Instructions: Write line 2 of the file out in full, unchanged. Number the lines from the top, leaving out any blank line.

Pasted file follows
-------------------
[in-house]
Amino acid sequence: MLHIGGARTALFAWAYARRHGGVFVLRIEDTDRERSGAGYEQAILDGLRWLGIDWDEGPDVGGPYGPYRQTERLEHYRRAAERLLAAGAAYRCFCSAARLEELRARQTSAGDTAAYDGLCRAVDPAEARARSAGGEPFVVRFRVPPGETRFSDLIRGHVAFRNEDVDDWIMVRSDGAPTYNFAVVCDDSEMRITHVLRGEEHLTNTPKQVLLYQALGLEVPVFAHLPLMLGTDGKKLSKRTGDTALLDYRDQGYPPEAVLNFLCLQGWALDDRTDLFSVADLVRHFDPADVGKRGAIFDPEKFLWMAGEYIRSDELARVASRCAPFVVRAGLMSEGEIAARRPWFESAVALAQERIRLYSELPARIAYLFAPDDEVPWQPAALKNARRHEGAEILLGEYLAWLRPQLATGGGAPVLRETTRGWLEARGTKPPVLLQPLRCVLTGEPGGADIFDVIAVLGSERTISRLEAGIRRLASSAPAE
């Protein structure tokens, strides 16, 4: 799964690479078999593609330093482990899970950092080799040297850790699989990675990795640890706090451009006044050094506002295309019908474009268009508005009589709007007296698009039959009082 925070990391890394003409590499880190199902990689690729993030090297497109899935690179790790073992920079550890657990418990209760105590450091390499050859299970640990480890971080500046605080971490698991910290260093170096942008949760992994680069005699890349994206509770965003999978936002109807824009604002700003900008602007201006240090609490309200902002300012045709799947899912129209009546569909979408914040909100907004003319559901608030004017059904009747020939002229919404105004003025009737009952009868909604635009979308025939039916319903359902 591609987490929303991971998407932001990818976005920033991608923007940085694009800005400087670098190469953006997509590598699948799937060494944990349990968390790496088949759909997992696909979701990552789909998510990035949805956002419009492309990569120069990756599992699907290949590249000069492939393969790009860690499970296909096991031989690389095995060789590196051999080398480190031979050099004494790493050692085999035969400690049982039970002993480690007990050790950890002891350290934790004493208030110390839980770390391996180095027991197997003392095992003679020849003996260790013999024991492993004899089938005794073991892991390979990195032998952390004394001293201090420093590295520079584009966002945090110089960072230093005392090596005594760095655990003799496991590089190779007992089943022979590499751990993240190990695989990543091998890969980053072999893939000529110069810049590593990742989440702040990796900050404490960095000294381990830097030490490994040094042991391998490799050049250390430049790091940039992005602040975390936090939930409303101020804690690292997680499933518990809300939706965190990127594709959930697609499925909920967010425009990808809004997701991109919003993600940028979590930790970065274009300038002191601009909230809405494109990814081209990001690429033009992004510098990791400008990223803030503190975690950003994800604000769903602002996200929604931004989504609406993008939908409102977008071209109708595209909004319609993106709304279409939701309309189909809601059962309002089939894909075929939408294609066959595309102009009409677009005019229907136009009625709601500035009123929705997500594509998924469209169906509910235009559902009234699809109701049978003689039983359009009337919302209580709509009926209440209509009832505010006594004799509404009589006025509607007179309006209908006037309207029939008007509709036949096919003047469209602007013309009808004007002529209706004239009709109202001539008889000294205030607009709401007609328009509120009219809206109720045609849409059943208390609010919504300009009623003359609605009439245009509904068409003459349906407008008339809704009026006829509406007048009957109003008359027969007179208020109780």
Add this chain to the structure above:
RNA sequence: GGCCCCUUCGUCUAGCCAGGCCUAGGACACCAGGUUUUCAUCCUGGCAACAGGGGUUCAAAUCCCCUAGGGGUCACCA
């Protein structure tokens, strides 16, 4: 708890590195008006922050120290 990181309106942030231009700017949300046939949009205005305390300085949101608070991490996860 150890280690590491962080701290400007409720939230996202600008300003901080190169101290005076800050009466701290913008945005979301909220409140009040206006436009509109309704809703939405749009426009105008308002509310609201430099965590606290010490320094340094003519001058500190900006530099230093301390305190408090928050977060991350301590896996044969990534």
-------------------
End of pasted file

Amino acid sequence: MLHIGGARTALFAWAYARRHGGVFVLRIEDTDRERSGAGYEQAILDGLRWLGIDWDEGPDVGGPYGPYRQTERLEHYRRAAERLLAAGAAYRCFCSAARLEELRARQTSAGDTAAYDGLCRAVDPAEARARSAGGEPFVVRFRVPPGETRFSDLIRGHVAFRNEDVDDWIMVRSDGAPTYNFAVVCDDSEMRITHVLRGEEHLTNTPKQVLLYQALGLEVPVFAHLPLMLGTDGKKLSKRTGDTALLDYRDQGYPPEAVLNFLCLQGWALDDRTDLFSVADLVRHFDPADVGKRGAIFDPEKFLWMAGEYIRSDELARVASRCAPFVVRAGLMSEGEIAARRPWFESAVALAQERIRLYSELPARIAYLFAPDDEVPWQPAALKNARRHEGAEILLGEYLAWLRPQLATGGGAPVLRETTRGWLEARGTKPPVLLQPLRCVLTGEPGGADIFDVIAVLGSERTISRLEAGIRRLASSAPAE